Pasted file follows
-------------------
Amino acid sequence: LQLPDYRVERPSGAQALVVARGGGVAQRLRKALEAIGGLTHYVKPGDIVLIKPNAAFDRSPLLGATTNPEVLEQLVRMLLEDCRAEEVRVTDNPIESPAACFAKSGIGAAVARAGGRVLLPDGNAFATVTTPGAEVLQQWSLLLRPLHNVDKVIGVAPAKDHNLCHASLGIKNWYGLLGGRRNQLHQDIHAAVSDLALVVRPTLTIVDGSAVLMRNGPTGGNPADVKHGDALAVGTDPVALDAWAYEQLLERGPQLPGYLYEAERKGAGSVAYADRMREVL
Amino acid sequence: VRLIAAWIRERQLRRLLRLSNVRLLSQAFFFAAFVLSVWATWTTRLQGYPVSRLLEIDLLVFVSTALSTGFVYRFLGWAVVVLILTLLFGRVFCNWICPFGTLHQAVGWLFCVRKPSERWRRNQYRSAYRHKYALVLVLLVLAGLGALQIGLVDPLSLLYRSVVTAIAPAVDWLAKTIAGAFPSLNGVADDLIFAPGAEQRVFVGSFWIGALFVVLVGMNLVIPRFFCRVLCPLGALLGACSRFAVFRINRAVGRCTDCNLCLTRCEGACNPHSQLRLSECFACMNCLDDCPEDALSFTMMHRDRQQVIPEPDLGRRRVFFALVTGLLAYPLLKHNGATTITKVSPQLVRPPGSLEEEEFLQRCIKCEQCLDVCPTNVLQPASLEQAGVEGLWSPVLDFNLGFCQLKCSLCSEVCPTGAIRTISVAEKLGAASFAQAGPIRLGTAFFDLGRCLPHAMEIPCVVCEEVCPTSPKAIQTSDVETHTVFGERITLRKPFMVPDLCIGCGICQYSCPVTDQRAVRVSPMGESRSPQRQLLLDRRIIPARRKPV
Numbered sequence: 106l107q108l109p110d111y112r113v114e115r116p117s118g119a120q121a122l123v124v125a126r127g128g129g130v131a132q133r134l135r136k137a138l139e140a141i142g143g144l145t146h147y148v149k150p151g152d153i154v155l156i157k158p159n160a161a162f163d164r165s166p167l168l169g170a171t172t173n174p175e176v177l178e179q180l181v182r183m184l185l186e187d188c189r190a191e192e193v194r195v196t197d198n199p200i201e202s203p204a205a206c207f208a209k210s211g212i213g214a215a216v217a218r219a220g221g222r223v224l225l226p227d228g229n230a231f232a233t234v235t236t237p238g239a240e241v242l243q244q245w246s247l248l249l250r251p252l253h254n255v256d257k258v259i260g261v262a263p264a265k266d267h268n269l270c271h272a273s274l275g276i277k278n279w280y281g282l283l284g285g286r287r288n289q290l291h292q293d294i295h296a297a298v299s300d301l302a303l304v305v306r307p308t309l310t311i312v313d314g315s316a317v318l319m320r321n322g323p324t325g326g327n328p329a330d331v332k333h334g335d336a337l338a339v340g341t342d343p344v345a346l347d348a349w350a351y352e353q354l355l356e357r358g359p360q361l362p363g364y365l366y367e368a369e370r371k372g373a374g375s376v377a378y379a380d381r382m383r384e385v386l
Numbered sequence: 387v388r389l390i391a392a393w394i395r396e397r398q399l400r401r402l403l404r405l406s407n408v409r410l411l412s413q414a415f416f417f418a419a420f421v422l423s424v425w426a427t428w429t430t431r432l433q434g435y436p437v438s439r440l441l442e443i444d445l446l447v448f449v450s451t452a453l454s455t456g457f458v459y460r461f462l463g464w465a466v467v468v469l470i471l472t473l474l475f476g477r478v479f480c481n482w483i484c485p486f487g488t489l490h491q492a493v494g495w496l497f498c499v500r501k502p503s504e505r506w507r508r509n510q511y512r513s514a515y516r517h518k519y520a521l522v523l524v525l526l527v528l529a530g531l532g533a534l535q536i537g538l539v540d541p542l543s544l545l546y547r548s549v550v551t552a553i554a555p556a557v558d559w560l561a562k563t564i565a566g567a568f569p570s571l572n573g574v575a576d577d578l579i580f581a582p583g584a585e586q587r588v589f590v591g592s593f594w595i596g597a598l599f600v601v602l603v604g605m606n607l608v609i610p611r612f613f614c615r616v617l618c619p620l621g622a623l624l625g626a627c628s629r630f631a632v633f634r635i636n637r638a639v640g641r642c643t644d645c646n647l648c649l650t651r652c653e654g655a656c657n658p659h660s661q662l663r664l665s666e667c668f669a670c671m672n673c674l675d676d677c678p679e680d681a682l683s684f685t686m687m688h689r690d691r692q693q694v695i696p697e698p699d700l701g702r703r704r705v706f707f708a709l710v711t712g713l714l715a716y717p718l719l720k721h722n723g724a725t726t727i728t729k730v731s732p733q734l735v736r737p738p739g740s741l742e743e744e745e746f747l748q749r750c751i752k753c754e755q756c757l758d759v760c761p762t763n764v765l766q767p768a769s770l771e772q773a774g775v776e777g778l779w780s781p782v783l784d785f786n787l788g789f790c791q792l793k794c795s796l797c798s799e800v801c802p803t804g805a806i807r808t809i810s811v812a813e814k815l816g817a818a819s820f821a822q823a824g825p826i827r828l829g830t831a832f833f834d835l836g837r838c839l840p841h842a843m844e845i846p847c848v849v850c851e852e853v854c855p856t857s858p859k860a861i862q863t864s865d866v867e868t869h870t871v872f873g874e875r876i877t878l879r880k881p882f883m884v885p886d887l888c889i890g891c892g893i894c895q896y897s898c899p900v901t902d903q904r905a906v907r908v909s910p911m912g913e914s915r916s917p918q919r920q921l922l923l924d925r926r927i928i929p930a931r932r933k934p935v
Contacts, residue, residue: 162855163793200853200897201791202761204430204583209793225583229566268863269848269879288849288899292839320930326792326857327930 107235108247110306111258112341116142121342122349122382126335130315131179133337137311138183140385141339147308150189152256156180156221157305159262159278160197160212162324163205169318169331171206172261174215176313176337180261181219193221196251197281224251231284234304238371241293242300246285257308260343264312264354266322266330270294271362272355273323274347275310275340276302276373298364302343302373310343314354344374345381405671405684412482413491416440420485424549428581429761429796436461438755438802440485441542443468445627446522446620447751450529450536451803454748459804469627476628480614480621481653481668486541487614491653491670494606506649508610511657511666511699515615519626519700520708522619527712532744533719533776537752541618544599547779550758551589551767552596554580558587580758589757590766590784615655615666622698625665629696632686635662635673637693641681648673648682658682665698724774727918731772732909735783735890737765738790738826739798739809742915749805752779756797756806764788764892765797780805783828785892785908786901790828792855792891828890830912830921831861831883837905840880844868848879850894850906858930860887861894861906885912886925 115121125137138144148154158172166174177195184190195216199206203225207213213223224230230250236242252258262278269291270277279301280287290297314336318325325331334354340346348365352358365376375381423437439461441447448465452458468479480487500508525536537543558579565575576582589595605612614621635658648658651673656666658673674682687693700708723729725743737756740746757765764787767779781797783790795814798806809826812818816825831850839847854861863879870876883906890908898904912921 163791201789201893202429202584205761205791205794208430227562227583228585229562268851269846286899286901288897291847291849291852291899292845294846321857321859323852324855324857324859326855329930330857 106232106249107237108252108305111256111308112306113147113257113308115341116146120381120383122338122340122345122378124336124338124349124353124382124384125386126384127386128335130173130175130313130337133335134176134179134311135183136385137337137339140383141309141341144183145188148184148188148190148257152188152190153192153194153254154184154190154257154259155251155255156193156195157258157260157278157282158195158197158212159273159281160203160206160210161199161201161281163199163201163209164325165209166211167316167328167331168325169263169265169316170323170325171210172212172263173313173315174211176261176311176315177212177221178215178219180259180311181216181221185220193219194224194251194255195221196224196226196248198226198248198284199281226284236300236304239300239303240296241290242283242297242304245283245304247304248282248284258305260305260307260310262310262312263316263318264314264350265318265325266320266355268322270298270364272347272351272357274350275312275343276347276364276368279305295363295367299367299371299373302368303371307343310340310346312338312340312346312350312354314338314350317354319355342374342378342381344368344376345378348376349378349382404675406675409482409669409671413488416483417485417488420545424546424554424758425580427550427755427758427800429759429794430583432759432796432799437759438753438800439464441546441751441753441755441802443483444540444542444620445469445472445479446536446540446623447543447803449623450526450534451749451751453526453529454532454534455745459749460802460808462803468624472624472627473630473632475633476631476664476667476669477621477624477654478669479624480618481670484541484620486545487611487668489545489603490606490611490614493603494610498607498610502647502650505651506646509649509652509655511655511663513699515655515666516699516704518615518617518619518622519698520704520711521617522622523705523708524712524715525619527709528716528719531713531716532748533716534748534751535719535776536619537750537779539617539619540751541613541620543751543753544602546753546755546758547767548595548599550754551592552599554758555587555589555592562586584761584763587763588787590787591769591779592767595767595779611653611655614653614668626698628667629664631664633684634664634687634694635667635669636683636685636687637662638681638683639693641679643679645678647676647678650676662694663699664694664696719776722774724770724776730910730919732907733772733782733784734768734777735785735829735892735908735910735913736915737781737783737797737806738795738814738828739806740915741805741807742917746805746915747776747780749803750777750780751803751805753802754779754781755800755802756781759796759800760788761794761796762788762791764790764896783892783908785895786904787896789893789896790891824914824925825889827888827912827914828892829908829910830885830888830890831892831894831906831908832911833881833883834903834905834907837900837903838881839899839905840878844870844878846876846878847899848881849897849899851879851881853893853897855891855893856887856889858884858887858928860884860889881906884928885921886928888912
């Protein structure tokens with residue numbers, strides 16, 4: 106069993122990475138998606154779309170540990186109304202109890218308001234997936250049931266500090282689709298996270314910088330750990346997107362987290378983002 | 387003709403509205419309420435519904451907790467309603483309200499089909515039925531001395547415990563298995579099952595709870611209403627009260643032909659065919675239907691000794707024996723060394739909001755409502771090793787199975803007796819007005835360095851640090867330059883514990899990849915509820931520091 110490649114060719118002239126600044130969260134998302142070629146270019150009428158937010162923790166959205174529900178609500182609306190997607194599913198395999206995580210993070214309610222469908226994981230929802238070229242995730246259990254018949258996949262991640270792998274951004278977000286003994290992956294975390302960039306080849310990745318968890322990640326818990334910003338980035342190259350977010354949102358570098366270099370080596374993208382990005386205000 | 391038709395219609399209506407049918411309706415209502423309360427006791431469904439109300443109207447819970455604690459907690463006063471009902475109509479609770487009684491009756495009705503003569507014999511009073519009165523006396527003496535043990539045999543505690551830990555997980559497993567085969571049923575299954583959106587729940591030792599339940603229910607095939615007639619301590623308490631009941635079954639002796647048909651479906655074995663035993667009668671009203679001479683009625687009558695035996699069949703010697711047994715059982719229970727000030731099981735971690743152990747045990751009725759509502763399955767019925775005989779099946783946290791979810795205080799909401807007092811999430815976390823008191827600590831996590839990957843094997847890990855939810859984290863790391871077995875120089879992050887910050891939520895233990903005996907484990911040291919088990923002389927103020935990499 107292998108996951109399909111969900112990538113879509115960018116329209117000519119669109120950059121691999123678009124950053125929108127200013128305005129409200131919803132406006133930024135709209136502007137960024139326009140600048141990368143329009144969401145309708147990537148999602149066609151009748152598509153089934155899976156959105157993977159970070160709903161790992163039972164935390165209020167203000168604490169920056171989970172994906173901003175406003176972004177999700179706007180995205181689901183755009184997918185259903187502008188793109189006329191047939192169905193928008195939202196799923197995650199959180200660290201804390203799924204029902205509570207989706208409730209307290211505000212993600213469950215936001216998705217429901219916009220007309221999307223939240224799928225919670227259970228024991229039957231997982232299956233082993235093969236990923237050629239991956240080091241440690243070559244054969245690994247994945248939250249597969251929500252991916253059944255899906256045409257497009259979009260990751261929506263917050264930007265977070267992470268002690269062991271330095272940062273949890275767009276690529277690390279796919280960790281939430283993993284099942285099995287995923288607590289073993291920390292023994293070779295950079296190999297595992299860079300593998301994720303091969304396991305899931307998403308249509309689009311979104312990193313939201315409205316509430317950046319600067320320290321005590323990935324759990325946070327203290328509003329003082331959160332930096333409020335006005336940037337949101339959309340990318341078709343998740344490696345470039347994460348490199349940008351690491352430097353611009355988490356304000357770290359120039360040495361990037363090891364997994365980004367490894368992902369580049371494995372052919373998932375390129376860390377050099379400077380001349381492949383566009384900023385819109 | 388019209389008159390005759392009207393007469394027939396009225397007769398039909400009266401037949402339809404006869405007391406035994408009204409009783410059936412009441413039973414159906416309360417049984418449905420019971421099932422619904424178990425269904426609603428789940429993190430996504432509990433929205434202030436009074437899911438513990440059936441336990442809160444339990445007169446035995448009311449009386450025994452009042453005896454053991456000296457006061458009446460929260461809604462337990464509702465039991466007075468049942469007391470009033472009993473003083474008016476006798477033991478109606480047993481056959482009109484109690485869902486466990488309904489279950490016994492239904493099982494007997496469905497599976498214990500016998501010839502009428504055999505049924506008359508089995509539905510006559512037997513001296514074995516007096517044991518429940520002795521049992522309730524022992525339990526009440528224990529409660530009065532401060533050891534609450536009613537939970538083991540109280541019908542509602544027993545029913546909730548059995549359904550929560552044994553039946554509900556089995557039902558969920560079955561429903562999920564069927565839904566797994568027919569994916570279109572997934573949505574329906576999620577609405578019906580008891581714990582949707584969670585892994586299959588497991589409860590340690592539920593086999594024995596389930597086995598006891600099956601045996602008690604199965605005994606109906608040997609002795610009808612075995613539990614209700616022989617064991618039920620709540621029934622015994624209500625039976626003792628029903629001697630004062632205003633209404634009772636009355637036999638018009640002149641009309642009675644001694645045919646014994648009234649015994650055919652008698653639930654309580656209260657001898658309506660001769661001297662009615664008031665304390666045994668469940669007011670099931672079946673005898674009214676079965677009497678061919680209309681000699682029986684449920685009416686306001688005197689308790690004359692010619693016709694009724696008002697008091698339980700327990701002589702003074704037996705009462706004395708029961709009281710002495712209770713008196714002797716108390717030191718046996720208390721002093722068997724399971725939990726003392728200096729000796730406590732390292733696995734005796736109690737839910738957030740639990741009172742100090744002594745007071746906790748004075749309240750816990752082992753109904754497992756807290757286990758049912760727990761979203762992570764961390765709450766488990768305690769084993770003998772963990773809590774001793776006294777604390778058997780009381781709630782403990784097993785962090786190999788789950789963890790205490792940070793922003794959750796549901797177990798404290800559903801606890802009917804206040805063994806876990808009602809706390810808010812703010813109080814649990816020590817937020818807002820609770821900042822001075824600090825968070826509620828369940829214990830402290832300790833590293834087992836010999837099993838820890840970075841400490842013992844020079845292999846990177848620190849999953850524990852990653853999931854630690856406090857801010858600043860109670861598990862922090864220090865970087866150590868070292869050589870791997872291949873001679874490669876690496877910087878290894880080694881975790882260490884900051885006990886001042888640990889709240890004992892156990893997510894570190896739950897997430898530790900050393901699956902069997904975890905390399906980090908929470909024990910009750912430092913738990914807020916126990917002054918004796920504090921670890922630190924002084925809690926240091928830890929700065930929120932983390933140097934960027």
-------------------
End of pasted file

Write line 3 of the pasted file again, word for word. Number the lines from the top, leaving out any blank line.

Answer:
Numbered sequence: 106l107q108l109p110d111y112r113v114e115r116p117s118g119a120q121a122l123v124v125a126r127g128g129g130v131a132q133r134l135r136k137a138l139e140a141i142g143g144l145t146h147y148v149k150p151g152d153i154v155l156i157k158p159n160a161a162f163d164r165s166p167l168l169g170a171t172t173n174p175e176v177l178e179q180l181v182r183m184l185l186e187d188c189r190a191e192e193v194r195v196t197d198n199p200i201e202s203p204a205a206c207f208a209k210s211g212i213g214a215a216v217a218r219a220g221g222r223v224l225l226p227d228g229n230a231f232a233t234v235t236t237p238g239a240e241v242l243q244q245w246s247l248l249l250r251p252l253h254n255v256d257k258v259i260g261v262a263p264a265k266d267h268n269l270c271h272a273s274l275g276i277k278n279w280y281g282l283l284g285g286r287r288n289q290l291h292q293d294i295h296a297a298v299s300d301l302a303l304v305v306r307p308t309l310t311i312v313d314g315s316a317v318l319m320r321n322g323p324t325g326g327n328p329a330d331v332k333h334g335d336a337l338a339v340g341t342d343p344v345a346l347d348a349w350a351y352e353q354l355l356e357r358g359p360q361l362p363g364y365l366y367e368a369e370r371k372g373a374g375s376v377a378y379a380d381r382m383r384e385v386l